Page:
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Attacked fruit usually shows signs of oviposition punctures and there is laboratory evidence of fungal transmission (Cayol et al., 1994). Very sweet fruits may produce a sugary exudate.
Many countries, such as the mainland USA, forbid the import of susceptible fruit without strict postharvest treatment having been applied by the exporter. This may involve fumigation, heat treatment (hot vapour or hot water), cold treatments, insecticidal dipping, or irradiation (Armstrong and Couey, 1989). For example, EPPO recommends (OEPP/EPPO, 1990) that fruits of Citrus or Prunus should have been treated by an appropriate method, for example, in transit by cold treatment (e.g. 10, 11, 12, 14, 15 days at 0.0, 0.6, 1.1, 1.7 or 2.2°C, respectively) or, for certain types of fruits, by vapour heat (e.g. 44°C for 8 h) (USDA, 1994), forced hot-air (Armstrong et al., 1995) or hot-water treatment (Sharp and Picho-Martinez, 1989). Irradiation is not accepted in most countries and many have now banned methyl bromide fumigation. Heat treatment tends to reduce the shelf life of most fruits and so the most effective method of regulatory control is to preferentially restrict imports of a given fruit to areas free of fruit fly attack.
Cultural Control and Sanitary Methods
One of the most effective control techniques against fruit flies in general is to wrap fruit, either in newspaper, a paper bag, or in the case of long/thin fruits, a polythene sleeve. This is a simple physical barrier to oviposition but it has to be applied before the stage at which the fruit is attacked. When detected, it is important to gather all fallen and infected host fruits, and destroy them.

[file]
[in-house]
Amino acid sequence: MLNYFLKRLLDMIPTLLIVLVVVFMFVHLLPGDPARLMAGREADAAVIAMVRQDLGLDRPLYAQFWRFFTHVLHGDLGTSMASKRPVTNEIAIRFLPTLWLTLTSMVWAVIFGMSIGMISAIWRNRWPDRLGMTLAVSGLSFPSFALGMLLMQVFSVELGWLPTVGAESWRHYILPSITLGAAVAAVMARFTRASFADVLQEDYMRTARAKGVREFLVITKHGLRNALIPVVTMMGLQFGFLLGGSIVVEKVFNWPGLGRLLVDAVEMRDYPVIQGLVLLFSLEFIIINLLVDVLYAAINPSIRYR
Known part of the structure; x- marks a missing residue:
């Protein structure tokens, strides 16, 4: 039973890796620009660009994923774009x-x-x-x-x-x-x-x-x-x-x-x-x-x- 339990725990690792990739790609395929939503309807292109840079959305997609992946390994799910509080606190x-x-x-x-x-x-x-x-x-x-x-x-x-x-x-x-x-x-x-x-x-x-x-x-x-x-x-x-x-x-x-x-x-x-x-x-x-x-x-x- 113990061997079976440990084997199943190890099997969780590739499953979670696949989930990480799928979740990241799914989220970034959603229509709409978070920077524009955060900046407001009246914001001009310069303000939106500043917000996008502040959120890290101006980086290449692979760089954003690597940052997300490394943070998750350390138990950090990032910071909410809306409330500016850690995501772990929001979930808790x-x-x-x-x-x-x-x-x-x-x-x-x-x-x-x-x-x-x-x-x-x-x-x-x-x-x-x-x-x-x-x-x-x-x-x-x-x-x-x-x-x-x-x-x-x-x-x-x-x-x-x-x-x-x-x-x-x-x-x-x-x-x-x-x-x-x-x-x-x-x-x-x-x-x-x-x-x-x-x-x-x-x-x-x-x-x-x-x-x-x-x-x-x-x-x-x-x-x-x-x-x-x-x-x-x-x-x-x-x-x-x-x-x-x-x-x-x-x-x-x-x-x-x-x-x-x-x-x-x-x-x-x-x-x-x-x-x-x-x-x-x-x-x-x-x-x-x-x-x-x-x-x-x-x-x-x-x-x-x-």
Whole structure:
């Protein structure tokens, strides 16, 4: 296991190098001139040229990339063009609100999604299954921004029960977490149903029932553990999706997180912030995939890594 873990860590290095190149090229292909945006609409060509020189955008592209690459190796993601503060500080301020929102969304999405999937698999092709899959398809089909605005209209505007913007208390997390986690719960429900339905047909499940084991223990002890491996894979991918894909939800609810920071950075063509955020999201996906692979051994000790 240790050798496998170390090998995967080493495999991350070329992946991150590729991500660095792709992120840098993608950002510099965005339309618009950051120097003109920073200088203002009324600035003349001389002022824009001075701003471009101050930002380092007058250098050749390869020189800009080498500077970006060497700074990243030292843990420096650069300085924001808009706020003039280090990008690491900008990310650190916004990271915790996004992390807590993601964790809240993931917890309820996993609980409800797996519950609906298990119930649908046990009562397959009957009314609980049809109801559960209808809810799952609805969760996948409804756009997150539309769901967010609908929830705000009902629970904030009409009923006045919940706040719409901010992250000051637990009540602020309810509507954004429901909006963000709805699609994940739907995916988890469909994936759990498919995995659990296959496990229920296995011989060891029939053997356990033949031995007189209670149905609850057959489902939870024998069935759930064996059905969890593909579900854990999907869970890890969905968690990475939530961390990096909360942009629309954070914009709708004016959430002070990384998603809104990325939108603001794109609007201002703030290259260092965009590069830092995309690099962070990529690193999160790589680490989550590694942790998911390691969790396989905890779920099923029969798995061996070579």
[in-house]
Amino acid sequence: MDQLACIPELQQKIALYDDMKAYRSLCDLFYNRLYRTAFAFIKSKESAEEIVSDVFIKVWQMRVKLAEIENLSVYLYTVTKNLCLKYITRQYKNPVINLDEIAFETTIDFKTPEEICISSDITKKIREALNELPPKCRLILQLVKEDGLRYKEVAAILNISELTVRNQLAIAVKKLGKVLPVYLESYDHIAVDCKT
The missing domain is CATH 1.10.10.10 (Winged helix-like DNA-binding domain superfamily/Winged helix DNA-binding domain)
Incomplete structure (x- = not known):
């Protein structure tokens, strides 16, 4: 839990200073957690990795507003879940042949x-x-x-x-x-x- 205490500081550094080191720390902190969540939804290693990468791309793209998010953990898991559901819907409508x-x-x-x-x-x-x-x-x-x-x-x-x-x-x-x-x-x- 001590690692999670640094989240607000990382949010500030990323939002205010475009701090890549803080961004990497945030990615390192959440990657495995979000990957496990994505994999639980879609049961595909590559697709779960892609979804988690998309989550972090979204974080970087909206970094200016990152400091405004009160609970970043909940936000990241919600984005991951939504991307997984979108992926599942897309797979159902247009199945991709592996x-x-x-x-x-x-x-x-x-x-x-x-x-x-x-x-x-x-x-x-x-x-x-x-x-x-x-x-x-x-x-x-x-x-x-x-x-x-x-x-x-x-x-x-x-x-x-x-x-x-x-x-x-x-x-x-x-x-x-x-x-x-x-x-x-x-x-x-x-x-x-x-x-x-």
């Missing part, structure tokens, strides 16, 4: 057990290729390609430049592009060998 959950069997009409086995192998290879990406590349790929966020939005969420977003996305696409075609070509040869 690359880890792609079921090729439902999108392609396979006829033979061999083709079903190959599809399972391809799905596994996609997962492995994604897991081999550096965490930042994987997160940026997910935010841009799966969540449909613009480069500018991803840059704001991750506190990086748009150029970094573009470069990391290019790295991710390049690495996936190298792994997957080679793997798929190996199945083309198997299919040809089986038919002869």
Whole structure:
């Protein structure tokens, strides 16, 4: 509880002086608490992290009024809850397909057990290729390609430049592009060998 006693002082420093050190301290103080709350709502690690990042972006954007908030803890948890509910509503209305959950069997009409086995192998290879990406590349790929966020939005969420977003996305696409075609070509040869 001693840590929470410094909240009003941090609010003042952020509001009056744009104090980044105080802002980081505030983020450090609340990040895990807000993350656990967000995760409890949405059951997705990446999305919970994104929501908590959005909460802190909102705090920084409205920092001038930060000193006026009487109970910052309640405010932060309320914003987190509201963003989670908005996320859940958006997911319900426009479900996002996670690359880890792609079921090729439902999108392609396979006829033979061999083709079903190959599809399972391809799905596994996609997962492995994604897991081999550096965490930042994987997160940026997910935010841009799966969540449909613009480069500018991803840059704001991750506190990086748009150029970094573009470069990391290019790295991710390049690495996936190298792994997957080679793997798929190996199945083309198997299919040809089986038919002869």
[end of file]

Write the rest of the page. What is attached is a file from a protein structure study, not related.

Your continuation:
Due to the variable regulations around (de-)registration of pesticides, we are for the moment not including any specific chemical control recommendations. For further information, we recommend you visit the following resources:
C. capitata is an important pest in Africa and has spread to almost every other continent to become the single most important pest species in its family. It is highly polyphagous and causes damage to a very wide range of unrelated fruit crops. In Mediterranean countries, it is particularly damaging to citrus and peach. It may also transmit fruit-rotting fungi (Cayol et al., 1994).
Damage to fruit crops is frequently high and may reach 100% (Fimiani, 1989; Fischer-Colbrie and Busch-Petersen, 1989). In Central America, losses to coffee crops were estimated at 5-15% and the berries matured earlier and fell to the ground with reduced quality (Enkerlin et al., 1989). As in areas where the fly is endemic, in outbreak conditions the economic impacts include reduced production, increased control costs and lost markets.